LPEA franchise passes with 61%

City expects to gain $1M, much of which will go to street repairs

The second time was the charm for a city franchise for the La Plata Electric Association, passing with 61 percent, or 4,933 out of a total 8,058 votes, according to unofficial results.

Because of a franchise fee tacked on to consumers’ monthly electric bills, Durango could get as much as another $1 million for its budget next year, most likely for more street maintenance and code enforcement.

Durango City Manager Ron LeBlanc said the vote was a return to normalcy since Durango has had a franchise fee for as long as the city had organized electrical service.

“The city has enjoyed a franchise since 1906,” LeBlanc said. “It wasn’t until April of 2012 that the city was without a franchise.” The city manager was referring to the voters’ rejection of an earlier franchise proposal in the spring by 41-vote margin.

To address criticisms and increase the odds of the franchise passing this time around, the city changed the City Charter during the summer to open up franchise votes to all registered voters. Previously, the vote had been limited to property owners.

It also restructured the franchise fee so it applied just to electric consumption at a rate of 4.67 percent.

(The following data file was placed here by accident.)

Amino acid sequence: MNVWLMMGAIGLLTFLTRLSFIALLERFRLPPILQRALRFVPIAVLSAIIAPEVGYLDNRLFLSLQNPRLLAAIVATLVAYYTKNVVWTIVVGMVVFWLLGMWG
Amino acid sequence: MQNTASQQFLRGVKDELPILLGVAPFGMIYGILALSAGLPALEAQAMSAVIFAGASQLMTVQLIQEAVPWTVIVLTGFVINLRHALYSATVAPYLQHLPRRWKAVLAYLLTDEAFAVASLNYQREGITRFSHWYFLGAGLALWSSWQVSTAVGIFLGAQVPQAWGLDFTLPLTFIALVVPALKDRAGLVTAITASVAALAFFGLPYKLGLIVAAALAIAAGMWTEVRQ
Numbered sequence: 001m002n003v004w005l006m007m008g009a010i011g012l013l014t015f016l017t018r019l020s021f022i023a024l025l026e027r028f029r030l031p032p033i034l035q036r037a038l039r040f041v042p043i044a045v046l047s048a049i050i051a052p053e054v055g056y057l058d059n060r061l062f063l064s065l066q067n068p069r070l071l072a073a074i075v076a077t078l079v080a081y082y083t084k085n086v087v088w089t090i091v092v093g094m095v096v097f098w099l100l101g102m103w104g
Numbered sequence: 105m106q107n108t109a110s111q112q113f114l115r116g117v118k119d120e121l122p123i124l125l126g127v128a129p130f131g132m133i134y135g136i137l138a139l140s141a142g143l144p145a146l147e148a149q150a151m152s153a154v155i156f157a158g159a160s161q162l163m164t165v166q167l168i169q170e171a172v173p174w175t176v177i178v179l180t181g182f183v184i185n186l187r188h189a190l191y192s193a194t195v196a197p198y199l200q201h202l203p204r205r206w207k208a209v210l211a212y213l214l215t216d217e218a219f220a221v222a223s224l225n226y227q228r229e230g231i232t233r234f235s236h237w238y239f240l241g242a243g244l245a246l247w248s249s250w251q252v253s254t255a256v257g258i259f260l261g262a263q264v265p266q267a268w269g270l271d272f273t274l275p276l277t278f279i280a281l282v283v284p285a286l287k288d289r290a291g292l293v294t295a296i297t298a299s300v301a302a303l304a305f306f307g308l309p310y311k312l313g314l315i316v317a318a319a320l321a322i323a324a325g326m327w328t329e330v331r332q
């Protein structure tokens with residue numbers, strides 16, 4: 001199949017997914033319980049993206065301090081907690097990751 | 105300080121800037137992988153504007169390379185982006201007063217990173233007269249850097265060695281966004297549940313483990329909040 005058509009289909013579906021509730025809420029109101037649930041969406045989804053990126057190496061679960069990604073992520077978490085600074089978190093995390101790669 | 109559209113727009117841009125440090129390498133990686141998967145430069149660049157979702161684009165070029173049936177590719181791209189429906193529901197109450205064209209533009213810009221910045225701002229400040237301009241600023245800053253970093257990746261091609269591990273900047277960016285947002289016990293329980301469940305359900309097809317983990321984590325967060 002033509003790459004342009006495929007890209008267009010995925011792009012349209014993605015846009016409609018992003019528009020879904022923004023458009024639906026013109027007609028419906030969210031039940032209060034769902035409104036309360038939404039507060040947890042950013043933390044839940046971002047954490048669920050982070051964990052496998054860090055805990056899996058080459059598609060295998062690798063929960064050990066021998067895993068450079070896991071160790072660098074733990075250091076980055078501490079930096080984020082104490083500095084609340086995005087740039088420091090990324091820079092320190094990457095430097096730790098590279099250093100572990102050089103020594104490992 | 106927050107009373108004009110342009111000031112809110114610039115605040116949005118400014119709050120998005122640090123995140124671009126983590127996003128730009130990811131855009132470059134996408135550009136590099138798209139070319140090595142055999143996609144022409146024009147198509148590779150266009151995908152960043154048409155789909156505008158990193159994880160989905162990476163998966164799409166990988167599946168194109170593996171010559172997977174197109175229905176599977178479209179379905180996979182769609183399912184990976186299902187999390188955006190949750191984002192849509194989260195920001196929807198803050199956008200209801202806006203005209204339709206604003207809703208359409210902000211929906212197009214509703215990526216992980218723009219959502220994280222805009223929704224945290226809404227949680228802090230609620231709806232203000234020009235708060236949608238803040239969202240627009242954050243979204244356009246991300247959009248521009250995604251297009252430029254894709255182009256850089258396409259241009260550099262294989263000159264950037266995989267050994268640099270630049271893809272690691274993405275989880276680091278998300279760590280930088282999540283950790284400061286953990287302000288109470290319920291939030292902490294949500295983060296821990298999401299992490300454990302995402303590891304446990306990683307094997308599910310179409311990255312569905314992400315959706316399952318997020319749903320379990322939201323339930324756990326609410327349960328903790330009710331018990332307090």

Because of Tuesday’s vote, consumers will see the franchise fee return to their electric bills in 2013. The fee is supposed to cost a typical consumer about $3.64 a month.

With the projected funding of $900,000 to $1 million, Durango’s two priorities will be to restore funding for street maintenance, such as overlays and chip sealing, and increase city staffing to free up code-enforcement officers to concentrate on their jobs, LeBlanc said.

Once code-enforcement officers are relieved from having to set up and organize special events, such as downtown street festivals, it will be like having another code-enforcement officer, LeBlanc said.

The city would like to transfer special-events responsibilities to a newly created crew leader in parks and recreation. Because parks and recreation employees work on a seven-day-a-week schedule, the city does not anticipate having to pay overtime during the busy summer season, either.

“Economically, it should be much more efficient for us,” LeBlanc said.

While franchise opponent Tom Darnell had criticized the fee as a regressive tax on those least able to afford it, voters interviewed on Tuesday said they understood the city needed the revenue to maintain services and infrastructure.

“I’m always a fan of maintaining the facilities we do have in Durango,” voter Aaron Sinberg said. “Property taxes are super low. If there’s a need for improving the electrical service, I’m all for it, (it’s just) for a couple of bucks a month.”

“I understand things are more expensive as time goes on,” Sinberg said. “You got to maintain the quality of the things we do here. I see no problem with that. We’re happy to do our part to help out the town.”

Voter Doug Pfliger also wanted to support the city.

“I hope it ends up being beneficial as it sounds,” Pfliger said.


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